Montana is poised to become the first state to ban TikTok. The state’s legislature passed a bill requiring app stores to block the app in the state. The bill, which passed 54 - 43, will now head to Republican Governor Greg Gianforte, who previously banned the app from state-owned devices.
The ban is slated to go into effect in 2024, though it will likely face legal challenges well before then. Still, the bill has been closely watched as pressure ramps up on TikTok. CEO Shou Chew testified at a Congressional hearing last month where he tried, largely unsuccessfully, to downplay the company’s ties to ByteDance and China.
Meanwhile, the United States government is trying to force ByteDance to divest from TikTok entirely. As The New York Times points out, Montana’s ban could serve as a kind of template for the rest of the country, even though it’s unclear whether such bans will hold up to legal challenges.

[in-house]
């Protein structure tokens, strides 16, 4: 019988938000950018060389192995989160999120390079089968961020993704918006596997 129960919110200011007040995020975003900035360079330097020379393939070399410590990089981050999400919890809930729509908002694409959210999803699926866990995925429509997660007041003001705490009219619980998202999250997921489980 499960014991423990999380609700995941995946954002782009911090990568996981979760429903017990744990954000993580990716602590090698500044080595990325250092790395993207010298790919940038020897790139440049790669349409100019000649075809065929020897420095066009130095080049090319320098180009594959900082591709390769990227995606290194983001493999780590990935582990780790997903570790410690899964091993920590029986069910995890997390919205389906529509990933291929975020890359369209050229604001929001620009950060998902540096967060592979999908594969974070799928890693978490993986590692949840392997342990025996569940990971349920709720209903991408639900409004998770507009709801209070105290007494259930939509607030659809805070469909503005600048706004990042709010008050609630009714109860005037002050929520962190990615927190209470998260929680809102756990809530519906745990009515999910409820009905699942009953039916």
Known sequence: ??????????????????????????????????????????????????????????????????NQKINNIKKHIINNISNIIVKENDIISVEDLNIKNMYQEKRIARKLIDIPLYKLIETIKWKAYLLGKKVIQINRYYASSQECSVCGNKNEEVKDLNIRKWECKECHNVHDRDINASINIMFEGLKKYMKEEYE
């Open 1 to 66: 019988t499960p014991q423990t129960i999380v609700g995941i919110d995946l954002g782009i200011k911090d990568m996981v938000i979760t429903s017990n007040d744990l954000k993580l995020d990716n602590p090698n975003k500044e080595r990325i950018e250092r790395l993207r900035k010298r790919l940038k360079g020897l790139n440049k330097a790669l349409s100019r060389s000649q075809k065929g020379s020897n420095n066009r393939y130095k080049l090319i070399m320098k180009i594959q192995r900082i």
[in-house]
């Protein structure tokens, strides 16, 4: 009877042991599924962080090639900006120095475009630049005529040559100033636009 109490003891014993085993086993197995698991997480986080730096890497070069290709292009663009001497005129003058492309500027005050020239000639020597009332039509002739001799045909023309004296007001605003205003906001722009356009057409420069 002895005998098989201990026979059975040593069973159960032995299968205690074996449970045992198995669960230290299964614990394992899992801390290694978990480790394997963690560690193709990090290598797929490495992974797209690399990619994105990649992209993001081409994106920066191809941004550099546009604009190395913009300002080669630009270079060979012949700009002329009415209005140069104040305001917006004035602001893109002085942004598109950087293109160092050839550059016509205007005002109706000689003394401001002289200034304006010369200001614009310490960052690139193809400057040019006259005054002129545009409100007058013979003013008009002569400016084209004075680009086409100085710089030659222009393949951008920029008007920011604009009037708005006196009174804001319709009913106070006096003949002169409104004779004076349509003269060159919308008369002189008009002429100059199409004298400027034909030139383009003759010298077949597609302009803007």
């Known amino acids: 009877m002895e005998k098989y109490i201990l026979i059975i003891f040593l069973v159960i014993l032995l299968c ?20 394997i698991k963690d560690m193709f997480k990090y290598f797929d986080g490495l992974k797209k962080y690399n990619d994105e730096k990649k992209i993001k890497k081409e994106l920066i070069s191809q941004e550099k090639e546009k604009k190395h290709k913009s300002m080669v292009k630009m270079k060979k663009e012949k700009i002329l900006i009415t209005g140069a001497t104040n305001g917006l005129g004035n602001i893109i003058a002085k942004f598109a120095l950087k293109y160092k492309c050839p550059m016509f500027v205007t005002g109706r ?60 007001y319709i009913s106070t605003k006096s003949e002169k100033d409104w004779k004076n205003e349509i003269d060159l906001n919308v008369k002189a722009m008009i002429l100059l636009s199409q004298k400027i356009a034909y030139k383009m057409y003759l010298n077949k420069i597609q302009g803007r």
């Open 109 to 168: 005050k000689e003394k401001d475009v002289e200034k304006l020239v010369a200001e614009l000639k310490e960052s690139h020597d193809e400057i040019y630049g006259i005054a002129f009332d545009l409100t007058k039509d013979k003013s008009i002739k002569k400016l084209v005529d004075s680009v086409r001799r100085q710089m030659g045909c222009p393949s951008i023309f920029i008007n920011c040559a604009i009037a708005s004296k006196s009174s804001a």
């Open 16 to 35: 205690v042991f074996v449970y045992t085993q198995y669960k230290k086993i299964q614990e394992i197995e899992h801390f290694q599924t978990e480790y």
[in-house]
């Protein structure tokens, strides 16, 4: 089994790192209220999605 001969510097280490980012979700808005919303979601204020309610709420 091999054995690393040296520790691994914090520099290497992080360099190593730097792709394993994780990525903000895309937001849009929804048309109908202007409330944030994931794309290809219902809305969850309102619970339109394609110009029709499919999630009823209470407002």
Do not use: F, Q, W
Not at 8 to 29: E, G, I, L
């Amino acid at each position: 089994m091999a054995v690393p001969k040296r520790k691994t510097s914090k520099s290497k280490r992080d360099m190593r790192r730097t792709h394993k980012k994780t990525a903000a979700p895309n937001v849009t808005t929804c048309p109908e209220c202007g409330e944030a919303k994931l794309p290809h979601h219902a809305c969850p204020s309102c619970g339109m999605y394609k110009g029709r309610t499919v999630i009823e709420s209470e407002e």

Like federal lawmakers, the Montana bill claims that TikTok’s ties to ByteDance puts US users personal data at risk because the company could be compelled to turn over information to the Chinese government. TikTok has long denied these claims, and has committed more than a billion dollars to Project Texas, a project meant to address national security concerns.
TikTok has previously said that the proposed ban in Montana would hurt small businesses that rely on the app. In a statement following the bill's passage, a TikTok spokesperson called it "egregious government overreach" and said it planned to "fight" the measure.
“The bill's champions have admitted that they have no feasible plan for operationalizing this attempt to censor American voices and that the bill's constitutionality will be decided by the courts. We will continue to fight for TikTok users and creators in Montana whose livelihoods and First Amendment rights are threatened by this egregious government overreach.”